It worked before, let’s try it again
Even though it is a holiday in the United States of America, we at Major Spoilers realize there are a great many of our readers that hail from places not contained within 50 states. Last year, I took down memory lane with a look at one of my favorite comics of all time Asterix and Cleopatra. It was so well received last year, we’re repeating the stunt again. Considering there are thirty plus Asterix titles, I think it is safe to say, we won’t be running out of material anytime soon.
The year is 50 B.C. Gaul is entirely occupied by the Romans. Well, not entirely… One small village of indomitable Gauls still holds out against the invaders.
With those words, the world of Asterix and the rest of the Gauls is unleashed upon the reader.Â The tiny village is constantly besieged by Caesarâ€™s army, but fortunately the village druid Getafix supplies Asterix and the rest with a secret potion that gives them super strength.Â Whatâ€™s really weird about this revelation is how the characters talk to one another as if theyâ€™ve never encountered the potion before in their lives – even though Asterix takes the formula daily.Â And while I doubt Obelix is a simple as he is draw, it seems weird that he would need to be reminded he fell into a vat of the stuff as a child that gave him permanent super strength.Â It works to a point, and in hindsight, readers can tell Goscinny is still formulating and building the characters.
The inability to conquer this tribe is a pox upon the Romans, and with Caesar getting more impatient, Centurion Crismus Bonus demands to know the secret behind the Gauls strengths.Â Yes, names are used for comedic effect throughout the series.Â Most of them are groan out loud bad, but because Goscinny uses the gag every single time it works nicely.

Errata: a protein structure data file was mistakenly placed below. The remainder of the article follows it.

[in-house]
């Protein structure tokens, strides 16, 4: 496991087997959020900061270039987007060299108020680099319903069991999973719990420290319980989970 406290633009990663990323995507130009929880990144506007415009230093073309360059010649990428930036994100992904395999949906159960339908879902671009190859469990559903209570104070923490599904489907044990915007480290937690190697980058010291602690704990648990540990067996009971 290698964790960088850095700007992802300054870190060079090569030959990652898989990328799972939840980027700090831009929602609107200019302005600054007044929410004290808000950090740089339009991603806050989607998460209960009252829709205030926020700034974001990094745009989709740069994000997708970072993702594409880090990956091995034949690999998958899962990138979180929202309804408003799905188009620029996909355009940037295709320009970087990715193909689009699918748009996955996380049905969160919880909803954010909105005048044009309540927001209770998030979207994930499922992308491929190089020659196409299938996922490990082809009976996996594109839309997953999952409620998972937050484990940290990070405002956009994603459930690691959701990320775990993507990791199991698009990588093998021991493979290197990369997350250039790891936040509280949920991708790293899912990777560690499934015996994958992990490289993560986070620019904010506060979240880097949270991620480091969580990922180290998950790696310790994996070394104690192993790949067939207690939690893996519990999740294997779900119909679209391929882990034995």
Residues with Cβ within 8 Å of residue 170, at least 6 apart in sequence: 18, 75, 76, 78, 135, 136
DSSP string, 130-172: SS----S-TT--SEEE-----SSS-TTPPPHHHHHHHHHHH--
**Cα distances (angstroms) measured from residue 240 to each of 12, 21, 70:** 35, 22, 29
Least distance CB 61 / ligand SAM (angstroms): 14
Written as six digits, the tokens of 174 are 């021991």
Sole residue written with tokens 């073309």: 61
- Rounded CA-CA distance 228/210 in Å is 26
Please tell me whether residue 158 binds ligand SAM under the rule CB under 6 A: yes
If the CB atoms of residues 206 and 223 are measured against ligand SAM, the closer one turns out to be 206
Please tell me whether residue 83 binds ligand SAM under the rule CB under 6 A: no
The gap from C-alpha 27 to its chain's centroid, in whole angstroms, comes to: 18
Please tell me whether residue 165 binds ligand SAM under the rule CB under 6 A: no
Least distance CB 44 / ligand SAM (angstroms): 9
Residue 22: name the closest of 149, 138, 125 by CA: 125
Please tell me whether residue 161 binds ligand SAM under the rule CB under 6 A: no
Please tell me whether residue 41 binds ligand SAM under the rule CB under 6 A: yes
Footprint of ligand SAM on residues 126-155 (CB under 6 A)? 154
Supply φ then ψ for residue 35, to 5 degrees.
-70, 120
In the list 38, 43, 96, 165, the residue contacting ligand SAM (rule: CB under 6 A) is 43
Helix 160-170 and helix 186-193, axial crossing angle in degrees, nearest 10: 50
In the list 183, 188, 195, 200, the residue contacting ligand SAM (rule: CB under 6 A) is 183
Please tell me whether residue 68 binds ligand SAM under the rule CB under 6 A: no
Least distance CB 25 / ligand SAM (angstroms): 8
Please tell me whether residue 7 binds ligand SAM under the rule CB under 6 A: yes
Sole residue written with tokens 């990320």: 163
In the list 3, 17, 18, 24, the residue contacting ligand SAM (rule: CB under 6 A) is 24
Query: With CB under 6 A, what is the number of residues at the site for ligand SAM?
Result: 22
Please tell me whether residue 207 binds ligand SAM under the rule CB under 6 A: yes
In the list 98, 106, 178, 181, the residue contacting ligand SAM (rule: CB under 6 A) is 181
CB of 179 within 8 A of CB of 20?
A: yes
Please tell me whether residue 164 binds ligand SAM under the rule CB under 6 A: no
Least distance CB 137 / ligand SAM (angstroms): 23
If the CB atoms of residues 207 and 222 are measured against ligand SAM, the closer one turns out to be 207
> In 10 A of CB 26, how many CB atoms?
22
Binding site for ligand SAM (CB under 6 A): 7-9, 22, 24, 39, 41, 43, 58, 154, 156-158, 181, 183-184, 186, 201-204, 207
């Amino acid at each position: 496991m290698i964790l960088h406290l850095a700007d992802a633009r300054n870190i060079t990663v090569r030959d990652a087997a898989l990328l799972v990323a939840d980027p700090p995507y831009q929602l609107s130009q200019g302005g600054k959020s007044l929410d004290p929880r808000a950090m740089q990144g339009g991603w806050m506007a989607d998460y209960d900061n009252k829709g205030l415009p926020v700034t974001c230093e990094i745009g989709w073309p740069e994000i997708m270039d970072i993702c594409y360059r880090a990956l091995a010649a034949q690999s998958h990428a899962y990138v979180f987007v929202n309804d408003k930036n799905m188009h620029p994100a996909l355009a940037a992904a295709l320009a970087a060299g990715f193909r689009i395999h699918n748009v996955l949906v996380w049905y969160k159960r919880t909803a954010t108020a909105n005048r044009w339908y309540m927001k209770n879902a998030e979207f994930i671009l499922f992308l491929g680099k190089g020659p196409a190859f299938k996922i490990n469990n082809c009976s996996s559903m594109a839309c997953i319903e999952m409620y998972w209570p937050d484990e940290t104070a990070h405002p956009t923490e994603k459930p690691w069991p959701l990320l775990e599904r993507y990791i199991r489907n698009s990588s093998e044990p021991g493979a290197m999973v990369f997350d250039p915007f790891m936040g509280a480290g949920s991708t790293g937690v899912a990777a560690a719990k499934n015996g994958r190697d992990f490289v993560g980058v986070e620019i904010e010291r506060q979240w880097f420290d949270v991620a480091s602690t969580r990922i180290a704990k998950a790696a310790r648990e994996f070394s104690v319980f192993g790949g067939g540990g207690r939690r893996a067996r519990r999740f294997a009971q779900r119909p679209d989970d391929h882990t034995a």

Crismus Bonus sends one of his soldiers undercover and soon enough the secret of the Gaulâ€™s strength is uncovered. To move the plot forward, the Romans capture Getafix, prompting Asterix to rescue his friend.Â While one might think there would be a lot of fighting, Asterix and Getafix use their cunning to trick the Romans into drinking a variety of potions that do not have the effect Crismus Bonus was hoping for.Â When Ceaser finally arrives in the camp, and discovers Crismus Bonus planned on using the potion to conquer Rome, he frees the Gauls for their honesty, but reminds them they are still sworn enemies.
While the writing works well and the gags bring a lot of laughs to the story, the dialogue isnâ€™t as strong as one might think.Â No disrespect to Goscinny, but when I first read Asterix tales, they were either in French of German and I had to figure out what was going on without the help of a translator. When I finally obtained English versions of the tales later in life, it confirmed what I thought years ago, most if not all of the story reveal is told through the art by Albert Uderzo.Â It works so well and still holds up 50 years later.Â While Asterix is revered in Europe, the iconic nature of the characters translates through the art so even those vaguely familiar with the characters can tell they are important.Â As a big fan of the art in the books, I wish I had some original art, or even a giant Fathead wall art poster of Asterix and Obelix for my Nerd Room of Doom.
For a first tale, Asterix the Gaul is a great tale that very nicely introduces a new reader into the world of Rene Goscinny and Albert Uderzo.Â For those who have never read or heard of Asterix, then this first volume is a good place to start and is well deserving of a 4.5 out of 5 Star rating.